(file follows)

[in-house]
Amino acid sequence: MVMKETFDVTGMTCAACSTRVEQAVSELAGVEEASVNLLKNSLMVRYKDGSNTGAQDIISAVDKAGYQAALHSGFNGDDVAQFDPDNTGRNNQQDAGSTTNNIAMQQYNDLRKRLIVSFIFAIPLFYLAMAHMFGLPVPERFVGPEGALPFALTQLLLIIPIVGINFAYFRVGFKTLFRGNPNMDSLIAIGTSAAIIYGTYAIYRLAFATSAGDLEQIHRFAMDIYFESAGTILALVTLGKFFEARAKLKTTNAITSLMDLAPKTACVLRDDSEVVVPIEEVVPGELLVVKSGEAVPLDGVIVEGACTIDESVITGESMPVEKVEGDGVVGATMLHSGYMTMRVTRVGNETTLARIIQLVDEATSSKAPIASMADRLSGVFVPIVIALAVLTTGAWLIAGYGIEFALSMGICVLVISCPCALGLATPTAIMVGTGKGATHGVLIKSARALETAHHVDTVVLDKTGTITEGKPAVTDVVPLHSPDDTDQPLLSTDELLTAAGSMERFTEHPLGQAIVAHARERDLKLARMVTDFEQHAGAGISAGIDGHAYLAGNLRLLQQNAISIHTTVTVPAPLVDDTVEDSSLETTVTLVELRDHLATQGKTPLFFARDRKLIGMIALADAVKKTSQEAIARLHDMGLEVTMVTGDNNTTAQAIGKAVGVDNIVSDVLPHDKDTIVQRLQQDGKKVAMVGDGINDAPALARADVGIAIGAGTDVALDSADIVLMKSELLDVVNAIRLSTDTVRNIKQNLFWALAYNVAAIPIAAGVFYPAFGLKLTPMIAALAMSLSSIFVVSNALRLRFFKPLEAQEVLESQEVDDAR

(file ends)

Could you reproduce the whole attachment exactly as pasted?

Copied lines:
[in-house]
Amino acid sequence: MVMKETFDVTGMTCAACSTRVEQAVSELAGVEEASVNLLKNSLMVRYKDGSNTGAQDIISAVDKAGYQAALHSGFNGDDVAQFDPDNTGRNNQQDAGSTTNNIAMQQYNDLRKRLIVSFIFAIPLFYLAMAHMFGLPVPERFVGPEGALPFALTQLLLIIPIVGINFAYFRVGFKTLFRGNPNMDSLIAIGTSAAIIYGTYAIYRLAFATSAGDLEQIHRFAMDIYFESAGTILALVTLGKFFEARAKLKTTNAITSLMDLAPKTACVLRDDSEVVVPIEEVVPGELLVVKSGEAVPLDGVIVEGACTIDESVITGESMPVEKVEGDGVVGATMLHSGYMTMRVTRVGNETTLARIIQLVDEATSSKAPIASMADRLSGVFVPIVIALAVLTTGAWLIAGYGIEFALSMGICVLVISCPCALGLATPTAIMVGTGKGATHGVLIKSARALETAHHVDTVVLDKTGTITEGKPAVTDVVPLHSPDDTDQPLLSTDELLTAAGSMERFTEHPLGQAIVAHARERDLKLARMVTDFEQHAGAGISAGIDGHAYLAGNLRLLQQNAISIHTTVTVPAPLVDDTVEDSSLETTVTLVELRDHLATQGKTPLFFARDRKLIGMIALADAVKKTSQEAIARLHDMGLEVTMVTGDNNTTAQAIGKAVGVDNIVSDVLPHDKDTIVQRLQQDGKKVAMVGDGINDAPALARADVGIAIGAGTDVALDSADIVLMKSELLDVVNAIRLSTDTVRNIKQNLFWALAYNVAAIPIAAGVFYPAFGLKLTPMIAALAMSLSSIFVVSNALRLRFFKPLEAQEVLESQEVDDAR